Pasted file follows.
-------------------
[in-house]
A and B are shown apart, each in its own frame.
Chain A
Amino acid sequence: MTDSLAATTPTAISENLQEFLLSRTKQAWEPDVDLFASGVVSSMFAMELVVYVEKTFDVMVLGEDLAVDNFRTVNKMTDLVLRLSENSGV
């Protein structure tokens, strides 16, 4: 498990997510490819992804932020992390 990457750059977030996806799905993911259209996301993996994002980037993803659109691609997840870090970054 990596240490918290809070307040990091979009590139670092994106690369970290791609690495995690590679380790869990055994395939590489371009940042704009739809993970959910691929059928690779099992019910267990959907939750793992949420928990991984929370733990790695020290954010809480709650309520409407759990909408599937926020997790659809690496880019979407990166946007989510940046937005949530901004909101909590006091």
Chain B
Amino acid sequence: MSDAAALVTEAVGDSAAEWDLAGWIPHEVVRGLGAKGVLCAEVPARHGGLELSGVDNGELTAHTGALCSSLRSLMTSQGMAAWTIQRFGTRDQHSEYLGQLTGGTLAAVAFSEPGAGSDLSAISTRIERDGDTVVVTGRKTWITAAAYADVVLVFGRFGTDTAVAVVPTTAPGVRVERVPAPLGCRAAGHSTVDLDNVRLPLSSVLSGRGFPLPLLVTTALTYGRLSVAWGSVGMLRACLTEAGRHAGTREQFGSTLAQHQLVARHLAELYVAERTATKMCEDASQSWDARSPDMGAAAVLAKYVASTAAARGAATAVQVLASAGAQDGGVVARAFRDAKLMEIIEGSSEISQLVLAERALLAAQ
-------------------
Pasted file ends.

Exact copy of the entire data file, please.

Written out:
[in-house]
A and B are shown apart, each in its own frame.
Chain A
Amino acid sequence: MTDSLAATTPTAISENLQEFLLSRTKQAWEPDVDLFASGVVSSMFAMELVVYVEKTFDVMVLGEDLAVDNFRTVNKMTDLVLRLSENSGV
């Protein structure tokens, strides 16, 4: 498990997510490819992804932020992390 990457750059977030996806799905993911259209996301993996994002980037993803659109691609997840870090970054 990596240490918290809070307040990091979009590139670092994106690369970290791609690495995690590679380790869990055994395939590489371009940042704009739809993970959910691929059928690779099992019910267990959907939750793992949420928990991984929370733990790695020290954010809480709650309520409407759990909408599937926020997790659809690496880019979407990166946007989510940046937005949530901004909101909590006091």
Chain B
Amino acid sequence: MSDAAALVTEAVGDSAAEWDLAGWIPHEVVRGLGAKGVLCAEVPARHGGLELSGVDNGELTAHTGALCSSLRSLMTSQGMAAWTIQRFGTRDQHSEYLGQLTGGTLAAVAFSEPGAGSDLSAISTRIERDGDTVVVTGRKTWITAAAYADVVLVFGRFGTDTAVAVVPTTAPGVRVERVPAPLGCRAAGHSTVDLDNVRLPLSSVLSGRGFPLPLLVTTALTYGRLSVAWGSVGMLRACLTEAGRHAGTREQFGSTLAQHQLVARHLAELYVAERTATKMCEDASQSWDARSPDMGAAAVLAKYVASTAAARGAATAVQVLASAGAQDGGVVARAFRDAKLMEIIEGSSEISQLVLAERALLAAQ